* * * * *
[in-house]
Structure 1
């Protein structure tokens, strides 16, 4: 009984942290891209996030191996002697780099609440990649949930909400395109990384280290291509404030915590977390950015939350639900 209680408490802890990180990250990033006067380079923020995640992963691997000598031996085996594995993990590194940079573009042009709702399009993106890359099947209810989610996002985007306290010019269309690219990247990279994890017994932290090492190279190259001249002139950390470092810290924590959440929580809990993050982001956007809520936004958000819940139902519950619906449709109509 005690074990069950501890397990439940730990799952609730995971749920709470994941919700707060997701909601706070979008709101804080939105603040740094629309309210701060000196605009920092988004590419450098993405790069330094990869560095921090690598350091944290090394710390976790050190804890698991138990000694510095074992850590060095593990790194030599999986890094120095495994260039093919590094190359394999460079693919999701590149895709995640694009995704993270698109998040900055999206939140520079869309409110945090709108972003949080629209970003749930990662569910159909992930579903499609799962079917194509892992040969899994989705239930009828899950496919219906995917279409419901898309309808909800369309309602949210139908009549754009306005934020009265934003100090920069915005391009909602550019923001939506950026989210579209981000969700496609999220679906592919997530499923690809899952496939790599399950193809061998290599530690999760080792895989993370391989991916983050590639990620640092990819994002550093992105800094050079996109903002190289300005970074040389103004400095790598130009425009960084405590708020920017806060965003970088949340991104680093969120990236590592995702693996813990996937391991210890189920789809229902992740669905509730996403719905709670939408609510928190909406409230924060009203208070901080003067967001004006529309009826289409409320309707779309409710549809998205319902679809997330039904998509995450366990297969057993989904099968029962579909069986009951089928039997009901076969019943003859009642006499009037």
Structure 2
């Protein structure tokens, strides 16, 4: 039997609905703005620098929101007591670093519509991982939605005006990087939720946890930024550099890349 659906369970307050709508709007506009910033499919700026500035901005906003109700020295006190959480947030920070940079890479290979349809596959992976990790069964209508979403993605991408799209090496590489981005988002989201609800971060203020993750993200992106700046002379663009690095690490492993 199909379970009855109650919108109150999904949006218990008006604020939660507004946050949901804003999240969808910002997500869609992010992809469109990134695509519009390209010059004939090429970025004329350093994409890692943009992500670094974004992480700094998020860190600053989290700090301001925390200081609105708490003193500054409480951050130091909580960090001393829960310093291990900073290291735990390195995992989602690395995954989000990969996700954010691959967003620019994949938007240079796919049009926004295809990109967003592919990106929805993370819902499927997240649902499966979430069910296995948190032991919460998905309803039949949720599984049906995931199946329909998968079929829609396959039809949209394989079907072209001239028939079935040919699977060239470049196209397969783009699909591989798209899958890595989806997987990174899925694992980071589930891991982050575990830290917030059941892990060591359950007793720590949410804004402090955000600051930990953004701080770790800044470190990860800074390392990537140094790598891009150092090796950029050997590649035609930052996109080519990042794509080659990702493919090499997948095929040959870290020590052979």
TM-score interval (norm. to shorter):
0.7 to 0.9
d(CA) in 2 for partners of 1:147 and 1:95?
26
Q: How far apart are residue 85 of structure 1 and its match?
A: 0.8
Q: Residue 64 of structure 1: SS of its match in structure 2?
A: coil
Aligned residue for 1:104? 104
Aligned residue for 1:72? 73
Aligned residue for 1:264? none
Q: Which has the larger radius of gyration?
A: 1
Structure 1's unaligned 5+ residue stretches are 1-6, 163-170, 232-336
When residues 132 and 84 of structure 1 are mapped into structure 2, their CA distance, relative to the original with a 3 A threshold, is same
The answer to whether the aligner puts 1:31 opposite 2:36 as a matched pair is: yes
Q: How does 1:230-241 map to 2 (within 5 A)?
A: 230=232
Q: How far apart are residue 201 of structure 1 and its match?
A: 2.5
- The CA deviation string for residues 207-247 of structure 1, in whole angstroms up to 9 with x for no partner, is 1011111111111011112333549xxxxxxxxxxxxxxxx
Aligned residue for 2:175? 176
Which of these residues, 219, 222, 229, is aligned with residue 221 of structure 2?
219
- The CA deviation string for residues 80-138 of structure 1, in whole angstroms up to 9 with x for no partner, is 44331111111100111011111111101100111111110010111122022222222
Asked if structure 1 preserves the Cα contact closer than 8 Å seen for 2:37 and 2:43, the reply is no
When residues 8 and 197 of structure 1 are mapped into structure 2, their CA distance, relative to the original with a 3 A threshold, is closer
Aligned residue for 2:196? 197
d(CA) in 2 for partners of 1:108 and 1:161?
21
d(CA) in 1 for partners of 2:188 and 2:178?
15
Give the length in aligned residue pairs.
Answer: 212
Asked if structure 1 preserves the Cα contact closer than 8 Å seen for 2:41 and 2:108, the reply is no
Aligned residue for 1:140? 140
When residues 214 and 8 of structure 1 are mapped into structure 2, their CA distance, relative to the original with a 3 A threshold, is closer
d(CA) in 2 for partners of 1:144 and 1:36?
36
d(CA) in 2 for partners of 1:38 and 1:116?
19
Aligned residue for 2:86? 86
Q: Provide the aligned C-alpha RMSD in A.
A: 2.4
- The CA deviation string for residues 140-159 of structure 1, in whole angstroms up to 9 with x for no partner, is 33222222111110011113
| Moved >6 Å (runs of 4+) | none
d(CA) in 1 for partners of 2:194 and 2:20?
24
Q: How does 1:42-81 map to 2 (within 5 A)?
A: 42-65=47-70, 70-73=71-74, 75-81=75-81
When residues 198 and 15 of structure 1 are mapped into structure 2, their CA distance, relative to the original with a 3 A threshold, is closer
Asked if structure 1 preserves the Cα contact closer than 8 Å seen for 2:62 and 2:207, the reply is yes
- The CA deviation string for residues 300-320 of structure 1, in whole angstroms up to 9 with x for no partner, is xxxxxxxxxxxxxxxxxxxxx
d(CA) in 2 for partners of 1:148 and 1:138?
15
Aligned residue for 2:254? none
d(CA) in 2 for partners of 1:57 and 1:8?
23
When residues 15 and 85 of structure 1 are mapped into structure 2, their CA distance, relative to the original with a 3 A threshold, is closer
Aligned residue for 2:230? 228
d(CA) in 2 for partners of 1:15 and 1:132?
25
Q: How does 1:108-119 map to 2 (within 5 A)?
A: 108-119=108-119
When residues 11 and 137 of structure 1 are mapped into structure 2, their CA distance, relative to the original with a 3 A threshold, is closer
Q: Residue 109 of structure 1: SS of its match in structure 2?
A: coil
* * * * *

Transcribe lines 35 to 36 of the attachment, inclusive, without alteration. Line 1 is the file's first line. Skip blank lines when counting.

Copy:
21
d(CA) in 1 for partners of 2:188 and 2:178?